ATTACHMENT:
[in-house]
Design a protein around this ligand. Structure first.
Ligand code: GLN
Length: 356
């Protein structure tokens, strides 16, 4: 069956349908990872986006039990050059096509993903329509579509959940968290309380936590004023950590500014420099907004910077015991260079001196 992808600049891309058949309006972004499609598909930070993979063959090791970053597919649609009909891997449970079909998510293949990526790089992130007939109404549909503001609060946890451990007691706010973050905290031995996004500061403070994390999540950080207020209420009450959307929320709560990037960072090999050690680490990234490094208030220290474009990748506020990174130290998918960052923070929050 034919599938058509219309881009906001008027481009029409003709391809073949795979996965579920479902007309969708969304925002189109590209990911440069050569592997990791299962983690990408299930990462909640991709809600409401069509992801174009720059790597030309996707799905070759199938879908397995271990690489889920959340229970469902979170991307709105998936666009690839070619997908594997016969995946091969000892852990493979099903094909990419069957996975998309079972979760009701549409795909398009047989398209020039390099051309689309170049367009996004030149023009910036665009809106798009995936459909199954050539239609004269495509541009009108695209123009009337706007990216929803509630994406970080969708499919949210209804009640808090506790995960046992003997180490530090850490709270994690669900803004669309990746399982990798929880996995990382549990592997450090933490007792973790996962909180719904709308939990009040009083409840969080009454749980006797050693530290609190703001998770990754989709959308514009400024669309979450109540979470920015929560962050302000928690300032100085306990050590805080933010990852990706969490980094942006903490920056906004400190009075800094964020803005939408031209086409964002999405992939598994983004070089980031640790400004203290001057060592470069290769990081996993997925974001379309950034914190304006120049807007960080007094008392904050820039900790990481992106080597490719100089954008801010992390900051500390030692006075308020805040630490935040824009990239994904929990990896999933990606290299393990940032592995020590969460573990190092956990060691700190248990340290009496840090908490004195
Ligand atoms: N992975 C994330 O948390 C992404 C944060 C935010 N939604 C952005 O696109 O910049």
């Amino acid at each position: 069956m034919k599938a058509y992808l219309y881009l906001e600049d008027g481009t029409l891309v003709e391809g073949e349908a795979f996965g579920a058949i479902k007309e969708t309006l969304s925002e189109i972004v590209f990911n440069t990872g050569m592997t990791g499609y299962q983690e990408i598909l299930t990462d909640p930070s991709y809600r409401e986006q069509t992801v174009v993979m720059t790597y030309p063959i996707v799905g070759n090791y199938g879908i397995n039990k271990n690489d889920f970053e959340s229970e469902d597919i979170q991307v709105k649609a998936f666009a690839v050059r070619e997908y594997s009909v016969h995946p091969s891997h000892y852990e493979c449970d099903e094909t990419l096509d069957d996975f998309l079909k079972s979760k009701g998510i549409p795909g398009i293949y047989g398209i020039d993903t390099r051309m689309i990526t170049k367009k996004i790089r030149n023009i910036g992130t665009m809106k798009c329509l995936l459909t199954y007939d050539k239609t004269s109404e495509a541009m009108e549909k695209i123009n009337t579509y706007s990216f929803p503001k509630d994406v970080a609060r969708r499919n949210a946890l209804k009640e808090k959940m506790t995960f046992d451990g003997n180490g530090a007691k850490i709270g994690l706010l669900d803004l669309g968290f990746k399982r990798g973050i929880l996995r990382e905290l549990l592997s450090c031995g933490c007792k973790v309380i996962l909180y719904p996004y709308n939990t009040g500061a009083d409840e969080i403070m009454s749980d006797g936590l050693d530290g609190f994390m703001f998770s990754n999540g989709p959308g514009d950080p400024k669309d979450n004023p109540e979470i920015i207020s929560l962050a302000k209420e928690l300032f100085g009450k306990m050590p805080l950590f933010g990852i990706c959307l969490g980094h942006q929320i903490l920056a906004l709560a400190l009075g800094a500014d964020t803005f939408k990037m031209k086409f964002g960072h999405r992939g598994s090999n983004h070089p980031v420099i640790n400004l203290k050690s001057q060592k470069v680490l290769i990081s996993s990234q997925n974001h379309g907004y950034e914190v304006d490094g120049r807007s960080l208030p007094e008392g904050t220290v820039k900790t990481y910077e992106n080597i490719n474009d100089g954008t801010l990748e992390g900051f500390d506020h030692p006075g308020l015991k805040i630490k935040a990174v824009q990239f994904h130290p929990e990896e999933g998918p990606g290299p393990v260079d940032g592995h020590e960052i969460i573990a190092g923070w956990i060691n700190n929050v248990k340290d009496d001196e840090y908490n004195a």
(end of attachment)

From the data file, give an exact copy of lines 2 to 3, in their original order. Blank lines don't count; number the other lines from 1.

Design a protein around this ligand. Structure first.
Ligand code: GLN